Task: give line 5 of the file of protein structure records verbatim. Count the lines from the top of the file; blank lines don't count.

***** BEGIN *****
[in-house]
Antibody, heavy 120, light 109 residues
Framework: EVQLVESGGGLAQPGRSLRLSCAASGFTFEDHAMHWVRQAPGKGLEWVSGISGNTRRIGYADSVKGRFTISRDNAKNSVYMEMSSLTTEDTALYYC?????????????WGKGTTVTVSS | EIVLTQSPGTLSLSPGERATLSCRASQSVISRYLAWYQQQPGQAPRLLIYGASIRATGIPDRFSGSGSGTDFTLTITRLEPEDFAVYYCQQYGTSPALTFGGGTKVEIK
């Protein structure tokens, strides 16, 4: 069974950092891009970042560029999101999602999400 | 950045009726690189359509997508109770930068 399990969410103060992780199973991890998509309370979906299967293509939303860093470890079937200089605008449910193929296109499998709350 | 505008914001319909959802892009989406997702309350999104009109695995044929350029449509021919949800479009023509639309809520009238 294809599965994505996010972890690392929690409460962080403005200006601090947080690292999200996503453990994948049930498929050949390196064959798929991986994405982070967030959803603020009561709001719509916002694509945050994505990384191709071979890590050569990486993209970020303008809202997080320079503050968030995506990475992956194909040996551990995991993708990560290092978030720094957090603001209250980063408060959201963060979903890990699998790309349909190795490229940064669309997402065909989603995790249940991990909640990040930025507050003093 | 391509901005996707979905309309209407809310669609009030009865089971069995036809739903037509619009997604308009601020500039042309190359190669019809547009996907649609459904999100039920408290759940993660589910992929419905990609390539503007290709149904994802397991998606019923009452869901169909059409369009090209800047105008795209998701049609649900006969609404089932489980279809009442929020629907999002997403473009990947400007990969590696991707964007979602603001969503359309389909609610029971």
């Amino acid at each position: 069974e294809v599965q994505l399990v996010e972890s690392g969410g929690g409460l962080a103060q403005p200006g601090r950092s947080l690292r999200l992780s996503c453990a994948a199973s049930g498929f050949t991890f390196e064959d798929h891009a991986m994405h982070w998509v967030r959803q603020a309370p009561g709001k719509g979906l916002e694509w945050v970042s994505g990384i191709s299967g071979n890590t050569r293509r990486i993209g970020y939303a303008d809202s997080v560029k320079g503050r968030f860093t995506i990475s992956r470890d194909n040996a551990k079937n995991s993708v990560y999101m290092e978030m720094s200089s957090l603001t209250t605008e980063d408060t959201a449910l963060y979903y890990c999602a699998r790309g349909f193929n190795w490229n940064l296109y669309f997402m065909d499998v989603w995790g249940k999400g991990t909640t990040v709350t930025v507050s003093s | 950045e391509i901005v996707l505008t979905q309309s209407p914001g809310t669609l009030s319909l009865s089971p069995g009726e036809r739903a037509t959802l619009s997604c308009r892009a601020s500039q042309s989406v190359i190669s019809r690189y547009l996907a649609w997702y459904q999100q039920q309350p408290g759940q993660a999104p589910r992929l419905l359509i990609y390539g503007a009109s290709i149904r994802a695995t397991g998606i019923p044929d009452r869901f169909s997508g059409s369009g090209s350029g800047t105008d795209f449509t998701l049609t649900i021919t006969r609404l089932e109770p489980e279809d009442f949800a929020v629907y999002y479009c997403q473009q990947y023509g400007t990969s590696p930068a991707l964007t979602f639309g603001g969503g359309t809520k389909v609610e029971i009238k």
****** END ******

């Amino acid at each position: 069974e294809v599965q994505l399990v996010e972890s690392g969410g929690g409460l962080a103060q403005p200006g601090r950092s947080l690292r999200l992780s996503c453990a994948a199973s049930g498929f050949t991890f390196e064959d798929h891009a991986m994405h982070w998509v967030r959803q603020a309370p009561g709001k719509g979906l916002e694509w945050v970042s994505g990384i191709s299967g071979n890590t050569r293509r990486i993209g970020y939303a303008d809202s997080v560029k320079g503050r968030f860093t995506i990475s992956r470890d194909n040996a551990k079937n995991s993708v990560y999101m290092e978030m720094s200089s957090l603001t209250t605008e980063d408060t959201a449910l963060y979903y890990c999602a699998r790309g349909f193929n190795w490229n940064l296109y669309f997402m065909d499998v989603w995790g249940k999400g991990t909640t990040v709350t930025v507050s003093s | 950045e391509i901005v996707l505008t979905q309309s209407p914001g809310t669609l009030s319909l009865s089971p069995g009726e036809r739903a037509t959802l619009s997604c308009r892009a601020s500039q042309s989406v190359i190669s019809r690189y547009l996907a649609w997702y459904q999100q039920q309350p408290g759940q993660a999104p589910r992929l419905l359509i990609y390539g503007a009109s290709i149904r994802a695995t397991g998606i019923p044929d009452r869901f169909s997508g059409s369009g090209s350029g800047t105008d795209f449509t998701l049609t649900i021919t006969r609404l089932e109770p489980e279809d009442f949800a929020v629907y999002y479009c997403q473009q990947y023509g400007t990969s590696p930068a991707l964007t979602f639309g603001g969503g359309t809520k389909v609610e029971i009238k």